Sunday, May 18, 2014

Binray Trees Applications (IT Department @ LAQSHYA)

Binary Trees Applications
  • Binary Search Tree - Used in many search applications where data is constantly entering/leaving, such as the map and set objects in many languages' libraries.
  • Binary Space Partition - Used in almost every 3D video game to determine what objects need to be rendered.
  • Binary Tries - Used in almost every high-bandwidth router for storing router-tables.
  • Hash Trees - used in p2p programs and specialized image-signatures in which a hash needs to be verified, but the whole file is not available.
  • Heaps - Used in implementing efficient priority-queues, which in turn are used for scheduling processes in many operating systems, Quality-of-Service in routers, and A* (path-finding algorithm used in AI applications, including robotics and video games). Also used in heap-sort.
  • Huffman Coding Tree - used in compression algorithms, such as those used by the .jpeg and .mp3 file-formats.
  • GGM Trees - Used in cryptographic applications to generate a tree of pseudo-random numbers.
  • Syntax Tree - Constructed by compilers and (implicitly) calculators to parse expressions.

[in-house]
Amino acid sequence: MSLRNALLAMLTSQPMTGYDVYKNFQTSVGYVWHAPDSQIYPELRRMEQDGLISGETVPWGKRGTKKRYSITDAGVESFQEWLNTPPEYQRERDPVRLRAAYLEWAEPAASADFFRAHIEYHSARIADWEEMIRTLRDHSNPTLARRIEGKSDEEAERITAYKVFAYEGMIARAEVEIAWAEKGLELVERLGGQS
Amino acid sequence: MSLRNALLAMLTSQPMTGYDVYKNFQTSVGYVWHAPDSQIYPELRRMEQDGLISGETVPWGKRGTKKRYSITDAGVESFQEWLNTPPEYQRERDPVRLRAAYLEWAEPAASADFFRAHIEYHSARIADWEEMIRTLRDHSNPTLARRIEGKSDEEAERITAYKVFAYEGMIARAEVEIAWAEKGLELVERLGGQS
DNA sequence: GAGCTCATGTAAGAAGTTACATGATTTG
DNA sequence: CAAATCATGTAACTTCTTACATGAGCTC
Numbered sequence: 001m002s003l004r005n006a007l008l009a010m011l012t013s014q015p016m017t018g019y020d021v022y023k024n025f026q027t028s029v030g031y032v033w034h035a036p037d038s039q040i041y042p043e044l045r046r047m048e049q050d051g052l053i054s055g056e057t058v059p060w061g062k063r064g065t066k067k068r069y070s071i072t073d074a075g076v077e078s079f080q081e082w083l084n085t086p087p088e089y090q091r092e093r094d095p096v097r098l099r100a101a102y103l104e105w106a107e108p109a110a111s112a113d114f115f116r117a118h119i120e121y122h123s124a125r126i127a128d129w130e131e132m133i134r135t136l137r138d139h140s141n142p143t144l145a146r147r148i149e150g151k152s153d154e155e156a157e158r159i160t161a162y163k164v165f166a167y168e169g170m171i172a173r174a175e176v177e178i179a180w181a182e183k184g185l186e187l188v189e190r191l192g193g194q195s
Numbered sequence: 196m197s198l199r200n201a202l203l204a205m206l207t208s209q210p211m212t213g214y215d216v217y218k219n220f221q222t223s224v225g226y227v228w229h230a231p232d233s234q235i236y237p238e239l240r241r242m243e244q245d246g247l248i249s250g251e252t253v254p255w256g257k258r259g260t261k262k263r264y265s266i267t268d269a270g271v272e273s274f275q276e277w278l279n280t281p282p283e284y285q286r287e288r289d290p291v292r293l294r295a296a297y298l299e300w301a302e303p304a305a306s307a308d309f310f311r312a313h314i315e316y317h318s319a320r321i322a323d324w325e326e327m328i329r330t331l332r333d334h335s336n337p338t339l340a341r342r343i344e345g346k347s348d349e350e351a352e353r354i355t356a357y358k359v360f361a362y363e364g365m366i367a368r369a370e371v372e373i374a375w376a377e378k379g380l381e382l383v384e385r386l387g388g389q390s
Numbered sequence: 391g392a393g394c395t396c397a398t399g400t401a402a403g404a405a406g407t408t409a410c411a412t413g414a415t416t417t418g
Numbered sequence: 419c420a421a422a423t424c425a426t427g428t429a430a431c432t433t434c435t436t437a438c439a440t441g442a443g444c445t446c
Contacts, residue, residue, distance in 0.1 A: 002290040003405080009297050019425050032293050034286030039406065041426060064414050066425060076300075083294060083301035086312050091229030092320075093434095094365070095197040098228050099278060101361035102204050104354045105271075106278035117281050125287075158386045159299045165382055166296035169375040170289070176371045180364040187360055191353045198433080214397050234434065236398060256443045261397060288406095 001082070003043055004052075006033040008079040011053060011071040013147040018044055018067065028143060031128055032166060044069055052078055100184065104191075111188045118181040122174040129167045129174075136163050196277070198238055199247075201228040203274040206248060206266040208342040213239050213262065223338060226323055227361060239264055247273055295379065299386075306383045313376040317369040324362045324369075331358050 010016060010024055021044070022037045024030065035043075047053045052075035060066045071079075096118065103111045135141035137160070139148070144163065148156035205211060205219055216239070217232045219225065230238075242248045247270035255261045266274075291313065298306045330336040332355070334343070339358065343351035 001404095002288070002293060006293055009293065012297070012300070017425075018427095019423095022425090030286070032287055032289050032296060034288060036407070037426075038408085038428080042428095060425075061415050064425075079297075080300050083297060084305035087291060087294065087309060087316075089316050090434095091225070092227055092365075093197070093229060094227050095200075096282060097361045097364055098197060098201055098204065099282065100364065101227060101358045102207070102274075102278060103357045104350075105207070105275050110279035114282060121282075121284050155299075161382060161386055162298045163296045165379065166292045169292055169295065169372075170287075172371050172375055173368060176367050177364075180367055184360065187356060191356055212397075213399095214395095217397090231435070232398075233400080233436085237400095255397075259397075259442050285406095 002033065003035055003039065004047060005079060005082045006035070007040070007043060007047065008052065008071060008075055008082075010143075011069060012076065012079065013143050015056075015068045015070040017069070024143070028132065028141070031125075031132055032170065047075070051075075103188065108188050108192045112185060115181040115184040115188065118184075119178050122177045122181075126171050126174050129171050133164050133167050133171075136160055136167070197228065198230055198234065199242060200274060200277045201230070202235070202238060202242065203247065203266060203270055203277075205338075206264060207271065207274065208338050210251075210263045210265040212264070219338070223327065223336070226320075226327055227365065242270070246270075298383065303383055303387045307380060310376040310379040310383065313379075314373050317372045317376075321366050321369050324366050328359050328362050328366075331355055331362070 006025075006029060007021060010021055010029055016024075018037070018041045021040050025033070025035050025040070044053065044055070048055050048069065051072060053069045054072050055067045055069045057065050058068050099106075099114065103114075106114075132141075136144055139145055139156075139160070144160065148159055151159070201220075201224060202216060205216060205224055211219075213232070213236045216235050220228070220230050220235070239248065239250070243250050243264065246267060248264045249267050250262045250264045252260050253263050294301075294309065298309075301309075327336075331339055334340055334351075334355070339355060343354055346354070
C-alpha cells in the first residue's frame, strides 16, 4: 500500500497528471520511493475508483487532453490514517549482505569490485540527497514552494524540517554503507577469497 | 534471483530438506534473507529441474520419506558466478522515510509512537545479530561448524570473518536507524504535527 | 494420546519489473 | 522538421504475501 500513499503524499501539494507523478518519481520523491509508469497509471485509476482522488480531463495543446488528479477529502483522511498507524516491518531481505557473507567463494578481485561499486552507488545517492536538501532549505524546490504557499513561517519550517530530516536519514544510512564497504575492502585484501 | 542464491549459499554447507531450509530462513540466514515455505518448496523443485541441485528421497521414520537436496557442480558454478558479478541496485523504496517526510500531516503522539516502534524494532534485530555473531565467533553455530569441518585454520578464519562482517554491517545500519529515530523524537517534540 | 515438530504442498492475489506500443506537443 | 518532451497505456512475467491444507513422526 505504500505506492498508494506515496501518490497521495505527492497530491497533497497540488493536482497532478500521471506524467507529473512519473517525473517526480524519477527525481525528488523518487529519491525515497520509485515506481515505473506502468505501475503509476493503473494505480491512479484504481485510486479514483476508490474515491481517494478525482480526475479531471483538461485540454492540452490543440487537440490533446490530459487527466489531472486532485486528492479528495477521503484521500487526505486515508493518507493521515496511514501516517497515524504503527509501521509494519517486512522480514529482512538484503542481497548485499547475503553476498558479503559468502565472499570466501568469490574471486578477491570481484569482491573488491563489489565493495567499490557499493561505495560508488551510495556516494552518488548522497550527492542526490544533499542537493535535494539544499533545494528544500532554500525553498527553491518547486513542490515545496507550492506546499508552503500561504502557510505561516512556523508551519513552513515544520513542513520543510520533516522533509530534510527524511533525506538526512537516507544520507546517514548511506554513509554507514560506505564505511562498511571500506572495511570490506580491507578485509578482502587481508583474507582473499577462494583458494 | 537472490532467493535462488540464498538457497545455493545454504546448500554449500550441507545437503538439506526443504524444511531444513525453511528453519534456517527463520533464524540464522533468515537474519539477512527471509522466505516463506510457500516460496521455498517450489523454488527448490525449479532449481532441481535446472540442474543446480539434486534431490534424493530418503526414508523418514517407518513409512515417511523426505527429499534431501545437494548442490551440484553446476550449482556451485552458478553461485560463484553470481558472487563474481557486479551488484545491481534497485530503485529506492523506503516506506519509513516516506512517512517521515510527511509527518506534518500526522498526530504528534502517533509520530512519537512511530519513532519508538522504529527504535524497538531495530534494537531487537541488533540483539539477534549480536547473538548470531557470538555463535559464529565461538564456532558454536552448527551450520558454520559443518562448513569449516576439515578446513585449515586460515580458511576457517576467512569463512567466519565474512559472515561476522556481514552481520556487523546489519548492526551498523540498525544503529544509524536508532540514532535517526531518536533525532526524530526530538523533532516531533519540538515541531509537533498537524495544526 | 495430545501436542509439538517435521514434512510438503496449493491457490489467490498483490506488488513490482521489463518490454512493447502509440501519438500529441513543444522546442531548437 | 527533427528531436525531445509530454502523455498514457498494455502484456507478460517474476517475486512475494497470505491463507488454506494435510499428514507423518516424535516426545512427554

• Treap - Randomized data structure used in wireless networking and memory allocation.
  • T-tree - Though most databases use some form of B-tree to store data on the drive, databases which keep all (most) their data in memory often use T-trees to do so.
·         The reason that binary trees are used more often than n-ary trees for searching is that n-ary trees are more complex, but usually provide no real speed advantage.
·         In a (balanced) binary tree with m nodes, moving from one level to the next requires one comparison, and there are log_2(m) levels, for a total of log_2(m) comparisons.
·         In contrast, an n-ary tree will it will require log_2(n) comparisons (using a binary search) to move to the next level. Since there are log_n(m) total levels, the search will require log_2(n)*log_n(m) = log_2(m) comparisons total. So, though n-ary trees are more complex, they provide no advantage in terms of total comparisons necessary.
·         (However, n-ary trees are still useful in niche-situations. The examples that come immediately to mind are quad-trees and other space-partitioning trees, where divisioning space using only two nodes per level would make the logic unnecessarily complex; and B-trees used in many databases, where the limiting factor is not how many comparisons are done at each level but how many nodes can be loaded from the hard-drive at once)

Article By
IT Department
LAQSHYA Institute of Technology & Sciences


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